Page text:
How This Small Oklahoma Town is Improving Rural Connectivity: A Road Trip to Sallisaw

Date: 1 Mar 2018 | posted in: MuniNetworks | 0 Facebooktwitterredditmail

In rural northeast Oklahoma, the city of Sallisaw, Oklahoma, built a high-speed fiber network to their residents and then expanded Internet access their rural neighbors with fixed wireless. Sallisaw’s Internet department, DiamondNet, now serves about 2,600 customers in northeastern Oklahoma.

To learn how the city does all of this, I sat down with Keith Skelton and Robin Haggard in the City Manager’s Office in the heart of the small town in late November 2017. Residents of the city have had high-speed Internet service over a Fiber-to-the-Home (FTTH) network for more than a decade, but city officials have not rested on their laurels. They jumped at the chance to bring connectivity to their rural neighbors.

We learned about the network’s history in 2014, when Christopher spoke with Skelton and Telecommunications Superintendent Danny Keith, for episode 114 of the Community Broadband Bits podcast. He described how much of the community relied on dial-up before Sallisaw invested in DiamondNet. The network began serving the community in the early 2000s. For more on the history of DiamondNet, including the challenges they overcame as a small community, check out the podcast.

Connecting Rural Neighbors

Across the country, many fixed wireless providers have attempted to bring high-speed Internet service to rural communities. Some have found success, while others have struggled. In 2015, a small fixed wireless provider decided to get out of the business in Oklahoma. The company donated the tower to Sallisaw, which took on the challenge of providing rural connectivity.

The main goal was to improve the service for the rural areas around the city of Sallisaw, Marble City and Brushy Lake Park, about 8 miles from Sallisaw. This wireless provider is the only Internet service available other than satellite Internes access, which has unreliable coverage in the woody and rocky terrain. Data caps and expensive overage charges make satellite one of the least desirable Internet access options. When city officials started providing fixed wireless service there in July 2015, they had fewer than 100 customers on the network.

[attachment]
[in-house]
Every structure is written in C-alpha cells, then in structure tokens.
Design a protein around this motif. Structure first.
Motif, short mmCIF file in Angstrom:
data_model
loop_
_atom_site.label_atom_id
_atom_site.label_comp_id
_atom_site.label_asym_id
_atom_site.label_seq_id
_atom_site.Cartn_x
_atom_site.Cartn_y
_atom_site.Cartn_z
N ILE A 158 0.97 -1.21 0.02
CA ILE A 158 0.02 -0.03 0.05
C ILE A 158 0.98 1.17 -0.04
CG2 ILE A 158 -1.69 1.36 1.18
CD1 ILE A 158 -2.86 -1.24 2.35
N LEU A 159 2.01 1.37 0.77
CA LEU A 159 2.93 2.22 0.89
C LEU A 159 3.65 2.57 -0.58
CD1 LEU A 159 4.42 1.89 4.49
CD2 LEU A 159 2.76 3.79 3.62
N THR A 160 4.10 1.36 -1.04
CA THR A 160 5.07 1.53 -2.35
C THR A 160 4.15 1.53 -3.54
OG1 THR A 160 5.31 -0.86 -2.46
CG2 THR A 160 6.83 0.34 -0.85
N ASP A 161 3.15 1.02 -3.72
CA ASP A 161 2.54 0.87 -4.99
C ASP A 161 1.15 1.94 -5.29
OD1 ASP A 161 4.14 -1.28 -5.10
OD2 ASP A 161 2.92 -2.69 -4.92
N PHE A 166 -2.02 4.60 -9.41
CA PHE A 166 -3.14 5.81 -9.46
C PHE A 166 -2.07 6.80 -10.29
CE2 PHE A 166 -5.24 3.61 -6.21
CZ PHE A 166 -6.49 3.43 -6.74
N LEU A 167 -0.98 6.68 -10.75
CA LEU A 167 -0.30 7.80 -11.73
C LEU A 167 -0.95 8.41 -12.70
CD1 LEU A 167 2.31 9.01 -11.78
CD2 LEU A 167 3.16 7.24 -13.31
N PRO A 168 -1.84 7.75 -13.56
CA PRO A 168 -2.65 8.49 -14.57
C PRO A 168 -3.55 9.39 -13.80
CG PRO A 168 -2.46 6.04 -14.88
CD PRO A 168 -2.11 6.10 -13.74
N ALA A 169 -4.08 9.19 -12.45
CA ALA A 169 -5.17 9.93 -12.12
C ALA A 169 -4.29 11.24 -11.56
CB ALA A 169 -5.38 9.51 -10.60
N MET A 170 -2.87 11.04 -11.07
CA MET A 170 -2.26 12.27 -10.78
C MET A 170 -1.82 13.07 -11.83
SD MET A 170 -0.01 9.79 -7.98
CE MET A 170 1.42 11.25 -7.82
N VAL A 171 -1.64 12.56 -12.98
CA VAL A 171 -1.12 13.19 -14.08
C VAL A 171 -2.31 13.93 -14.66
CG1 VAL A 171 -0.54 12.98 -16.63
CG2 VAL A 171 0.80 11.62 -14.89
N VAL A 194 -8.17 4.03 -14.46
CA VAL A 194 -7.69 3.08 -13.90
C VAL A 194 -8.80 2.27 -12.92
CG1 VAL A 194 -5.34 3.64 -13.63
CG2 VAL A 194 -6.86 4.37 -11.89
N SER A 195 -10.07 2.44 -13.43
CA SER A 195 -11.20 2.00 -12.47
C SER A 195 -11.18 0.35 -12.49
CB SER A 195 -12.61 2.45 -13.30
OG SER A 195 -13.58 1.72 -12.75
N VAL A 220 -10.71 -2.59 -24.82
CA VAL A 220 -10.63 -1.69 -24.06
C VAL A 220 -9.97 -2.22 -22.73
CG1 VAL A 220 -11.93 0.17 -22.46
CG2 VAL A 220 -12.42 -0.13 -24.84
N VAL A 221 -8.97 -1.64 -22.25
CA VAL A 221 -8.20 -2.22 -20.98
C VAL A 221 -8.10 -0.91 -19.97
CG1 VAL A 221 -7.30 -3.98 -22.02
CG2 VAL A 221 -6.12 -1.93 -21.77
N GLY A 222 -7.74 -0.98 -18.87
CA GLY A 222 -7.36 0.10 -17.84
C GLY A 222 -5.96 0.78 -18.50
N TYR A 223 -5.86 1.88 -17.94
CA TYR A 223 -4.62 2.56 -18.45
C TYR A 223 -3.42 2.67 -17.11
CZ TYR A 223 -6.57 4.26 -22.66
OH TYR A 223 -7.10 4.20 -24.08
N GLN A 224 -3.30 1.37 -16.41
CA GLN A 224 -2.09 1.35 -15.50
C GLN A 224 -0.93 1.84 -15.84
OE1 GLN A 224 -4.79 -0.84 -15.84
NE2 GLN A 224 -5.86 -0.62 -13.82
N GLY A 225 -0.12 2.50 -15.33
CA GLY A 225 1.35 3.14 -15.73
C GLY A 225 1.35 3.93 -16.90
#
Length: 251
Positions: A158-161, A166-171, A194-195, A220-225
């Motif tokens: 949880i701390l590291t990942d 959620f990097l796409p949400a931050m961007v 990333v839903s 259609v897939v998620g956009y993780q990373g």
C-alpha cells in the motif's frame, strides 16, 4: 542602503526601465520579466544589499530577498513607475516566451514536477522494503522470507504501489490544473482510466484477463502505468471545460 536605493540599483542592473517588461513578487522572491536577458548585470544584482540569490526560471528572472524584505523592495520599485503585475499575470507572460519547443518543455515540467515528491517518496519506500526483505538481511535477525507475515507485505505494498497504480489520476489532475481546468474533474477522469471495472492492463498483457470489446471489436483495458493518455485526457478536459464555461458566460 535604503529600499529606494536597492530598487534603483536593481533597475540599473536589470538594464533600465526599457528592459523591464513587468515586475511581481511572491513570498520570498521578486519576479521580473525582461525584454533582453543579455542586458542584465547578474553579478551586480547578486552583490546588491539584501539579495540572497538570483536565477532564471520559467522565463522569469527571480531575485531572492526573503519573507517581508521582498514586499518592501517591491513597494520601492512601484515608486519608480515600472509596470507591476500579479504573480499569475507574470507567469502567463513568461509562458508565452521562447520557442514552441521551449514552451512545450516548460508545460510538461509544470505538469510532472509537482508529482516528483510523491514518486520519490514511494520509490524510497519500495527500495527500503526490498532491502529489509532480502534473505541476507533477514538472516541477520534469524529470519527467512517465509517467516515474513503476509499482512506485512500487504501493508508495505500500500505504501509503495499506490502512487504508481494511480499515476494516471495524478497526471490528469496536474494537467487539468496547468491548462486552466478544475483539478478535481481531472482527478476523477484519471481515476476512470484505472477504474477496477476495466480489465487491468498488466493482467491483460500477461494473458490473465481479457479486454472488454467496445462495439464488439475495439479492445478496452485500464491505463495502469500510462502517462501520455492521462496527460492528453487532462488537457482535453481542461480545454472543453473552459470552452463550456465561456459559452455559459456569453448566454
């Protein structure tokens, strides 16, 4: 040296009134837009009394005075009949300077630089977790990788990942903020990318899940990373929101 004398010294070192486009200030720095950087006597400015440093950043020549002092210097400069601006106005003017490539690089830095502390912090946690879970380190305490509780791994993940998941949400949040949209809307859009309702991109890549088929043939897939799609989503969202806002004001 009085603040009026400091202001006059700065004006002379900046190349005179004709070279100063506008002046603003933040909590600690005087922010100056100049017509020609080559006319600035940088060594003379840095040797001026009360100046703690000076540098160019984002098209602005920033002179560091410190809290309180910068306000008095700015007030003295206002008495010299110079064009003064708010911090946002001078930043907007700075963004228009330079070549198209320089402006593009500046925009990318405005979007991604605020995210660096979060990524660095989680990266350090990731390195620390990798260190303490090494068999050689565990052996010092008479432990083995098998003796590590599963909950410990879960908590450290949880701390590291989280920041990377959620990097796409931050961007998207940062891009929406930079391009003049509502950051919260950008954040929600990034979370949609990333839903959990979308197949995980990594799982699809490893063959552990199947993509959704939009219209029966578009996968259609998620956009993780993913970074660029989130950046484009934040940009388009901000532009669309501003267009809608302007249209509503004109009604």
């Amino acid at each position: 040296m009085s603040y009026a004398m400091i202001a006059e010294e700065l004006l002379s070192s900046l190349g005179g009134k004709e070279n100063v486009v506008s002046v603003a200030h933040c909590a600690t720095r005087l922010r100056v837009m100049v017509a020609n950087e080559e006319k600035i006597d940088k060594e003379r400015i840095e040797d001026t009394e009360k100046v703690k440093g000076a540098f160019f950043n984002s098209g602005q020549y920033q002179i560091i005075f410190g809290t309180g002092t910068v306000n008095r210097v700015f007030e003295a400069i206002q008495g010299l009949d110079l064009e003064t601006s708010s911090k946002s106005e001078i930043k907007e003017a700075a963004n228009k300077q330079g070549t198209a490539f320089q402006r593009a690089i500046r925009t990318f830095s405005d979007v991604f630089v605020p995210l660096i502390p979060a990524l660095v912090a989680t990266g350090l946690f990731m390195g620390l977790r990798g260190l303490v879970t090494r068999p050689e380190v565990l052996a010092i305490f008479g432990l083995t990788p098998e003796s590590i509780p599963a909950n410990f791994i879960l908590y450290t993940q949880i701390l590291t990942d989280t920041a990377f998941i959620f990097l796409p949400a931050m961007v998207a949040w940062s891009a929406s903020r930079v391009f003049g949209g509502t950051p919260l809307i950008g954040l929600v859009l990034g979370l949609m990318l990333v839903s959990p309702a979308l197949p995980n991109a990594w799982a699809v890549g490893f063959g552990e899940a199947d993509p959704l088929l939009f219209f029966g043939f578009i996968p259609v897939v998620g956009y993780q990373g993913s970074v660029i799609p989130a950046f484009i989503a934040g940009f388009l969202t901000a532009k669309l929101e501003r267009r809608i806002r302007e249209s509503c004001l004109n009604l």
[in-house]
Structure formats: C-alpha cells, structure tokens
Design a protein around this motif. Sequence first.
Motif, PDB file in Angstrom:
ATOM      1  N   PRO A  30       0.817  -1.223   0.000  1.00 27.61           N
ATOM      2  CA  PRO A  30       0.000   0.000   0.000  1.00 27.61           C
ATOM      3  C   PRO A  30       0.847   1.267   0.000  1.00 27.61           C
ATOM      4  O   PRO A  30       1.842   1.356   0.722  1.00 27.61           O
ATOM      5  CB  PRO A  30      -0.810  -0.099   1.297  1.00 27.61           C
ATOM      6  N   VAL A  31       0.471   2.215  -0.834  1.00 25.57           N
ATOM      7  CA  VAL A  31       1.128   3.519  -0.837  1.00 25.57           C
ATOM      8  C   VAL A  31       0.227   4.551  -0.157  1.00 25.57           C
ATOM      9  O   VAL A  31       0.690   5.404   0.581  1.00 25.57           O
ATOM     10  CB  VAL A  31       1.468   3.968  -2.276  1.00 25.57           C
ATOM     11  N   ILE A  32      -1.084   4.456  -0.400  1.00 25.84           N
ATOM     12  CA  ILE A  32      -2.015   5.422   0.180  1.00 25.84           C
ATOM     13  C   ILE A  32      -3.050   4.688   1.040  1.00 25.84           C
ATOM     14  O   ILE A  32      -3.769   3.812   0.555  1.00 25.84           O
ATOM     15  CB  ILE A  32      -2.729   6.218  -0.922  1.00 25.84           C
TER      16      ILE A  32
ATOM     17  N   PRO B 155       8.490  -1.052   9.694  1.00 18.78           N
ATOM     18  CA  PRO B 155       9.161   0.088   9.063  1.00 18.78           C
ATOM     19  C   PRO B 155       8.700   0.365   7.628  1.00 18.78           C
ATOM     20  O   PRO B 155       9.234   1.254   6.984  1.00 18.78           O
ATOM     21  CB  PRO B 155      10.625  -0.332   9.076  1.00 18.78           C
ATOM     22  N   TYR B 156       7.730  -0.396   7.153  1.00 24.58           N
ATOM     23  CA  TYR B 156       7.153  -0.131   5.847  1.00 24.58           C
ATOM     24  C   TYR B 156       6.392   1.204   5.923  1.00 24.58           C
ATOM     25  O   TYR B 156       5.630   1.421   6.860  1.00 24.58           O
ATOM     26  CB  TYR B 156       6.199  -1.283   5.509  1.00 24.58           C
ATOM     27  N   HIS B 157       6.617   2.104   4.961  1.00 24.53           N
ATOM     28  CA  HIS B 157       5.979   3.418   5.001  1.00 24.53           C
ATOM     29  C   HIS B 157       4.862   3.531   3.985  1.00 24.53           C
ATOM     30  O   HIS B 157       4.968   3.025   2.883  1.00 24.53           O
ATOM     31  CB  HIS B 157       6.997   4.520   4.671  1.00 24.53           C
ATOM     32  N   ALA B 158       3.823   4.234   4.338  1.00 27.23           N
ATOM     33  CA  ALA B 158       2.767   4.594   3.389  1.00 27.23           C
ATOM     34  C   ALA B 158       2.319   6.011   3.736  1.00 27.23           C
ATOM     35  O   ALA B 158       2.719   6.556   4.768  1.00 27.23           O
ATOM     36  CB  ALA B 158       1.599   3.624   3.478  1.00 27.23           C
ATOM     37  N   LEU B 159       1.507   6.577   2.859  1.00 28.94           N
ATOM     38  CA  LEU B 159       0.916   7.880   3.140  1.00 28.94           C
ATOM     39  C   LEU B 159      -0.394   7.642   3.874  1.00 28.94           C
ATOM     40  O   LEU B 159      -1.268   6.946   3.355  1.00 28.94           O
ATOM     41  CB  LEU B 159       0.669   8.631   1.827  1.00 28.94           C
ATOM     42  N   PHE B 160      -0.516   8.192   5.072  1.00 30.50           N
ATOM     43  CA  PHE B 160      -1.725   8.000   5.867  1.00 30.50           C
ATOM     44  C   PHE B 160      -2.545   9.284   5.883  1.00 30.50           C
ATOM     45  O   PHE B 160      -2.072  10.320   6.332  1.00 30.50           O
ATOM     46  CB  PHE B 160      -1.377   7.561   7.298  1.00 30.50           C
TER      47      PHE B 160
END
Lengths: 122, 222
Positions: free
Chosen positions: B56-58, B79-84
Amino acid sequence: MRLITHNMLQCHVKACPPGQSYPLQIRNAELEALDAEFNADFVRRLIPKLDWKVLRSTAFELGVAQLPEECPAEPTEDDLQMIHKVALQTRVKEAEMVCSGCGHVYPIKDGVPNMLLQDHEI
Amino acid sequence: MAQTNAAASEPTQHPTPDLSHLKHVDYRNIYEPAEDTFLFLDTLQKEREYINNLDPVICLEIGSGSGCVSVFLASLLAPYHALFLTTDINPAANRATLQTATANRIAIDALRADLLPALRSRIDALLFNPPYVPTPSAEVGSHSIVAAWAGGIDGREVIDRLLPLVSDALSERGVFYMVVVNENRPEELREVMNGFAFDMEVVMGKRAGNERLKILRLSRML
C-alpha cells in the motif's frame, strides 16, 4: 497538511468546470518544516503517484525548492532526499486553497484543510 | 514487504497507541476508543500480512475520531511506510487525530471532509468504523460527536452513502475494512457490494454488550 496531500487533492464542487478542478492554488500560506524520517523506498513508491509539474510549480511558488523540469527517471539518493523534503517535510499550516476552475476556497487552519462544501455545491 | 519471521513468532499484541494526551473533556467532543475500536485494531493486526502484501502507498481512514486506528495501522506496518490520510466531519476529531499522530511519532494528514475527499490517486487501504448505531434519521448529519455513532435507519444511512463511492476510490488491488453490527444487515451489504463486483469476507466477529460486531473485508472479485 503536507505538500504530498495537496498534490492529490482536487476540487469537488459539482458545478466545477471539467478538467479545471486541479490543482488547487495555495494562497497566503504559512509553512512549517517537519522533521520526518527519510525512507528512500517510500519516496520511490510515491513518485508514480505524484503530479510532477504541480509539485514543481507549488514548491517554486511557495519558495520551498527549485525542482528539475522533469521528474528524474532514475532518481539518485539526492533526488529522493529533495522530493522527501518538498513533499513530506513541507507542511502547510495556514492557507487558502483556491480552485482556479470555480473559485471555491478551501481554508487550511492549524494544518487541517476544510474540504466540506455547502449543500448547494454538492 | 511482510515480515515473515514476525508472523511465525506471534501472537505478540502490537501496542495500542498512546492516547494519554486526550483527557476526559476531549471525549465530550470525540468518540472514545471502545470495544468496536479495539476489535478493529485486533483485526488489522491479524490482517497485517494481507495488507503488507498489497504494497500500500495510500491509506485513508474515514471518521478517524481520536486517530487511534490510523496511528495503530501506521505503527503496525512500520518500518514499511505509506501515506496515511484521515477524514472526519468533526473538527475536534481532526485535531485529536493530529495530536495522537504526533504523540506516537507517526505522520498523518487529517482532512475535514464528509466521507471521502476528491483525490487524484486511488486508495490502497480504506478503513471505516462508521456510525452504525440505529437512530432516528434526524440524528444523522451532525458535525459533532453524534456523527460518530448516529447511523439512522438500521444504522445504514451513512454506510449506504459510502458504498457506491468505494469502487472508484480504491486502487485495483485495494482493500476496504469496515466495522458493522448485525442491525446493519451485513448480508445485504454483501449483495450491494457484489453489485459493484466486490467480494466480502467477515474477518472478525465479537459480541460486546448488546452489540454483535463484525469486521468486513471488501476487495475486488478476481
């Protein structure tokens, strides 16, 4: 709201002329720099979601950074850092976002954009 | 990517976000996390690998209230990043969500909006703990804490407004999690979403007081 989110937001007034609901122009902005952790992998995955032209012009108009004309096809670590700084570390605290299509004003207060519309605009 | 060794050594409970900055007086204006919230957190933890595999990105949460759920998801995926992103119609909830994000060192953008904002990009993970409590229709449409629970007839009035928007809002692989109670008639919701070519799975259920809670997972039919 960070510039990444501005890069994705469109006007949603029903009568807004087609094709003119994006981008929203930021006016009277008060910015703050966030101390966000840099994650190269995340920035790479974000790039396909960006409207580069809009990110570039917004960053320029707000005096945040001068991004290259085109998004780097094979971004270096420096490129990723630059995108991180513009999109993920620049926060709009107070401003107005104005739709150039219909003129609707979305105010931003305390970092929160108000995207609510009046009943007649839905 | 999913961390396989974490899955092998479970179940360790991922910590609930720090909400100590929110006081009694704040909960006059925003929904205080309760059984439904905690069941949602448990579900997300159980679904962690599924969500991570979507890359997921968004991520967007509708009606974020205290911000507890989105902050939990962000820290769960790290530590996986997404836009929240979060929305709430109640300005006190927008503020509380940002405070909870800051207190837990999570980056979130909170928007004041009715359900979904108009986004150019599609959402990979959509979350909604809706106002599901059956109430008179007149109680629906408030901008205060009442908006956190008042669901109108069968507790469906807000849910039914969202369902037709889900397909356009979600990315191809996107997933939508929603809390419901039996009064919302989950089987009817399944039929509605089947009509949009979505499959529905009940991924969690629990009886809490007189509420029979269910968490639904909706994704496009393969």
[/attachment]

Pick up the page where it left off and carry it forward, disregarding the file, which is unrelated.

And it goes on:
Officials started by improving the equipment using Ubiquiti (the same technology used by Sandy, Oregon, for citywide fixed wireless service before they built a FTTH network). The new technology can support speeds of up to 10 Mbps download speed. It’s still not broadband, but it answers a large need in the community. In less than three years, the fixed wireless service has now gained more than 300 customers.

Local Customer Service

Logo-diamondnet.jpegSallisaw’s DiamondNet has provided top-quality service to residents since it began serving the community with the FTTH network. The city has about 3,500 households (8,600 residents), and many subscribe to the service. The network’s 1,700 subscribers can choose from several residential Internet service options ranging from 20 Mbps download for $34.95 per month to 80 Mbps download for $99.95 per month. Upload speeds are about half the download speed. The network also offers bundled phone and video services.

Residents trust that the Internet service will work at home, and, when they have a problem, they can call the city to fix it. DiamondNet keeps the day-to-day tech support local. After-hours customer service support comes from a few DiamondNet employees who volunteer to remain on-call until 11 p.m. They take a cellphone and laptop home with them to answer calls and troubleshoot.

City officials are happy to provide high-speed Internet service to the 2,600 customers who take service. The network is not only financially solid (breaking even and on track to pay remaining debt), but also a model for how small cities can support their rural neighbors.

This article was originally published on ILSR’s Read the original here.

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H Trostle

H. Trostle is a Project Manager for ILSR's Community Broadband Networks Initiative. A graduate of Macalester College with a degree in Political Science, they work on issues of Internet access in rural communities. They are a member of the Cherokee Nation, but grew up among the lakes and woods of northern Minnesota.